Don’t forget to have your DSM-5® manual handy!

Program Information


  1. Conduct a four-step diagnostic process to accurately identify and code a client’s diagnosis.
  2. Investigate common differential DSM-5 diagnoses for clients with anxiety, depressive, or abnormal cognitive symptoms.
  3. Differentiate between overlapping symptoms and comorbid conditions in order to provide the correct diagnosis.
  4. Analyze differential diagnoses for clients who present with disruptive behavior.
  5. Collect the specific information required for an accurate differential DSM-5 diagnosis of clients with a history of trauma.
  6. Utilize the DSM-5® severity tables, assessment tools, and coding notes to improve the accuracy of diagnosis and ICD-10 coding.


Quick Review of Using the DSM-5 and ICD-10

  • Diagnosis of Mental Disorders in the U.S.A.
    • Use of Two Models, DSM-5 and ICD-10
    • DSM-5 and ICD-10 Coding and Recording
  • Web-based DSM-5 Resources
    • Digital Updates
    • DSM-5 Cross-Cutting Symptom Measures and Screening Tools
Four Step Diagnostic Method
  • Case 1: Client with Multiple Problems
  • Steps to a DSM-5 Diagnosis
    • Step 1: Gathering Client Information and Behavior Sample
    • Step 2: Identifying Key DSM-5 Symptom Clusters
    • Step 3: Differential Diagnosis List
    • Step 4: Initial DSM-5 Diagnosis
  • Comorbidity considerations
Differential DSM-5 Diagnosis Challenges
  • Clients with Experiences of Trauma or Psychosocial Stress
    • Case 6: A Brave Firefighter
    • Essential Information about the Client’s Trauma History
    • Differential Diagnosis: Trauma-Related
    • Differential Diagnosis: Does Not Meet Diagnostic Criteria Set for PTSD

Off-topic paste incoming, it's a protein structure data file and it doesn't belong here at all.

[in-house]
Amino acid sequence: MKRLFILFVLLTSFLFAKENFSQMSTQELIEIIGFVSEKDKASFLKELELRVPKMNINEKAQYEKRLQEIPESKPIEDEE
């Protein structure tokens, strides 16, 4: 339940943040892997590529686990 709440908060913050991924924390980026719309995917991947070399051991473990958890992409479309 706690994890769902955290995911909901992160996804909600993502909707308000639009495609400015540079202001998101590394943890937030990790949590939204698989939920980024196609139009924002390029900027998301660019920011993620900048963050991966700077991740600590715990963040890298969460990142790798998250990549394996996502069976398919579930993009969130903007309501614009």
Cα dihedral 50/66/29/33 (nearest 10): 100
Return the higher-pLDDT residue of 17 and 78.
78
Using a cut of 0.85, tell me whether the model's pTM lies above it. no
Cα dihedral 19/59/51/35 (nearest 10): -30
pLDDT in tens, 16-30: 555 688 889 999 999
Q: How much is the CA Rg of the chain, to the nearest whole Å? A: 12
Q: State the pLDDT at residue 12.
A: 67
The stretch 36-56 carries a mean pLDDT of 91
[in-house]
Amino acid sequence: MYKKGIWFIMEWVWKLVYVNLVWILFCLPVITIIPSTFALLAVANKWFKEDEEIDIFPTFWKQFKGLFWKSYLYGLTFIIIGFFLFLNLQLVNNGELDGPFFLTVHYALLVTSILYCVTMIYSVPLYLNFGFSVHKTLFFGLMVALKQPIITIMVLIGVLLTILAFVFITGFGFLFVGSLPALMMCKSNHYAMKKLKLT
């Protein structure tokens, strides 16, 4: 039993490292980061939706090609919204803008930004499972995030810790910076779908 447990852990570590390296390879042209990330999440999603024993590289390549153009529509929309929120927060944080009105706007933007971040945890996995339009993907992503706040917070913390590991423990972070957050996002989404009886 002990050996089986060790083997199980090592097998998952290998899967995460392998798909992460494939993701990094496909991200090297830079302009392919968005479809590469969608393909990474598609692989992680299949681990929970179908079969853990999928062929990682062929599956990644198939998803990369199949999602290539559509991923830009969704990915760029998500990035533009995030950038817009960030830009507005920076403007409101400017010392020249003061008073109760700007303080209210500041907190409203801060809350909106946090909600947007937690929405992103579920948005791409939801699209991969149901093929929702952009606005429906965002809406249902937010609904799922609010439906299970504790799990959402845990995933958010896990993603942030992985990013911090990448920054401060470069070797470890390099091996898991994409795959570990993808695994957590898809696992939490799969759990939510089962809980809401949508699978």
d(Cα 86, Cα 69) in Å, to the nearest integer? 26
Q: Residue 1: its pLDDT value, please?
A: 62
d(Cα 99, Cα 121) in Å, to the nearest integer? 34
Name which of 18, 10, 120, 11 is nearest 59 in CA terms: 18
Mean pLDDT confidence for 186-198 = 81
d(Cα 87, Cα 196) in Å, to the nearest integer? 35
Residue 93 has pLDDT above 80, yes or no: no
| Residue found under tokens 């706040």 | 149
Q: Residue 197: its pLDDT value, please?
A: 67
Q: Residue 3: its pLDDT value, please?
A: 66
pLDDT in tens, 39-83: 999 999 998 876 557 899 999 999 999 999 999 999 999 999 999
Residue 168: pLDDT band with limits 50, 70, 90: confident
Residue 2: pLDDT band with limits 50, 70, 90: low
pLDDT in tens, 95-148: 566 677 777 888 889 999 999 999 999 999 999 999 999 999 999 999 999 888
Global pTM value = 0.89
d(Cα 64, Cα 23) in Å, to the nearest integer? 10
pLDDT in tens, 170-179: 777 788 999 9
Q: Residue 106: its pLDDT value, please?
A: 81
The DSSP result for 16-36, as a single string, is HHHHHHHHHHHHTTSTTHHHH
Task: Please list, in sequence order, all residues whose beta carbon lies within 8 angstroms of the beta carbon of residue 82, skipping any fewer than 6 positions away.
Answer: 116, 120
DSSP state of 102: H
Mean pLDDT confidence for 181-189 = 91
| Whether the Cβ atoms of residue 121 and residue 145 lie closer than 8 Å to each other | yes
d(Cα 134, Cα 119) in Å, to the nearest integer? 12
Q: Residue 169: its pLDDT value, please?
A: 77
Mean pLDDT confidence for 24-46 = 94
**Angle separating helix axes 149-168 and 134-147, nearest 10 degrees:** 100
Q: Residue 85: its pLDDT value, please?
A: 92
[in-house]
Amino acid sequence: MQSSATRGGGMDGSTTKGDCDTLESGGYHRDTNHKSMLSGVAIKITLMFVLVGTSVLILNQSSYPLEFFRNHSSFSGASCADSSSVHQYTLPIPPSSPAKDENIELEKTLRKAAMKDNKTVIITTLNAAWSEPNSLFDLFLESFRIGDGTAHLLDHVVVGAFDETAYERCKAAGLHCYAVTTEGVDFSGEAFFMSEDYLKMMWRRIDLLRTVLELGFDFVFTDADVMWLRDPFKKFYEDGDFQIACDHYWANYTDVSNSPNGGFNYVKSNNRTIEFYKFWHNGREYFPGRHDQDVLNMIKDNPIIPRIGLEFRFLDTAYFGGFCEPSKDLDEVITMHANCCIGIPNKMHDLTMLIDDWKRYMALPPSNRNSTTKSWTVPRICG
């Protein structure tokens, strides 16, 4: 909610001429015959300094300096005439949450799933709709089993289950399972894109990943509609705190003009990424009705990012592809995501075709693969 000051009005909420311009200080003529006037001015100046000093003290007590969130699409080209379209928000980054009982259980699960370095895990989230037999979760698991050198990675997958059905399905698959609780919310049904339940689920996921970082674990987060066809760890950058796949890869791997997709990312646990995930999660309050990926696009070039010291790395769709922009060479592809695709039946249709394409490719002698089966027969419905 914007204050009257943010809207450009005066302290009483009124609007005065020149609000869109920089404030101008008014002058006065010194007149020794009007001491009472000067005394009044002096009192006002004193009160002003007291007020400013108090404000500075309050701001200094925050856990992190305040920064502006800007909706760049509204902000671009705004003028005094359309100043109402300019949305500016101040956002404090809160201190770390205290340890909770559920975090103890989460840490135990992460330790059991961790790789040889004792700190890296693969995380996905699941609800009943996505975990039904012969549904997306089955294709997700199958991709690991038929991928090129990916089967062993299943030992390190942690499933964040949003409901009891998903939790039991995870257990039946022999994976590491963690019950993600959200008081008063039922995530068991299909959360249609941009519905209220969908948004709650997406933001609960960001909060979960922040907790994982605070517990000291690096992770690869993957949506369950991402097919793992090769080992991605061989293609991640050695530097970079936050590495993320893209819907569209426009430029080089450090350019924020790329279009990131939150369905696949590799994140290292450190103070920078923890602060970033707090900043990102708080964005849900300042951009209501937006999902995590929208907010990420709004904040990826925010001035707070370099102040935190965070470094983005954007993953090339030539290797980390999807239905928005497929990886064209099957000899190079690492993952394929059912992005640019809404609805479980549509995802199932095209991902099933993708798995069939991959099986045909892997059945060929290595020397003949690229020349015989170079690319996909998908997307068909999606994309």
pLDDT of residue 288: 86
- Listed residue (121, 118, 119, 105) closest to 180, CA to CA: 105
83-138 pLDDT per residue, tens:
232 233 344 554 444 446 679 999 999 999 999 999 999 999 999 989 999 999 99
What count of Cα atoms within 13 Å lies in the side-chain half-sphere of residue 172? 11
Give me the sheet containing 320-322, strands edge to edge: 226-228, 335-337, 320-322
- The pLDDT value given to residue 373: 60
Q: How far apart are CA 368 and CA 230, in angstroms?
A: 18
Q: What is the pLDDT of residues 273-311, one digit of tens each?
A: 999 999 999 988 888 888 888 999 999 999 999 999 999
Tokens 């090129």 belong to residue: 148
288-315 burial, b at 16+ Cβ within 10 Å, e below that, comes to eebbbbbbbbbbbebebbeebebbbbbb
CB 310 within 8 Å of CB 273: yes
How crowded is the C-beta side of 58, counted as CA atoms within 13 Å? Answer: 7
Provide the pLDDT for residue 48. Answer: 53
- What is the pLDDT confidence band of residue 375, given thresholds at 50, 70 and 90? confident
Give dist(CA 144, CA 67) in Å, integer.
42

• Frequent Comorbid Disorders
  • Clients with Disruptive Behaviors
    • Disruptive Behavior Symptoms
    • Diagnostic Challenge: Case 5: Natalia is a Problem
    • Substance-Related and Medical conditions associated with Disruptive Behaviors
    • Differential Diagnosis by Patterns of Disruptive Behavior
    • Defiant, Angry and Vindictive Impulsive and/or Antisocial
Differential DSM-5 Diagnosis for Common Presenting Symptoms
  • Clients with Symptoms of Depression
    • Key Symptoms of Depression and Dysphoria
    • Substance-Related and Medical conditions with Depressive Symptoms
    • Mental Disorders with Symptoms of Depression
    • Diagnosis Challenge Case 2: A Sad, Overwhelmed Client
    • Differentiating Disorders with Symptoms of Depression
    • Frequent Comorbid Disorders
  • Clients with Fear and Anxiety
    • Key Symptom Patterns of Anxiety
    • Substance-Related and Medical Conditions with Anxiety Symptoms
    • Mental Disorders with Symptoms of Anxiety
    • Diagnosis Challenge Case 3: Fearful and Worried Client
    • Specific Differential Diagnoses
    • Frequent Comorbid Disorders
  • Clients with Abnormal or Impaired Cognition
    • Diagnostic Challenge: Case 4: Is She Crazy or Clairvoyant?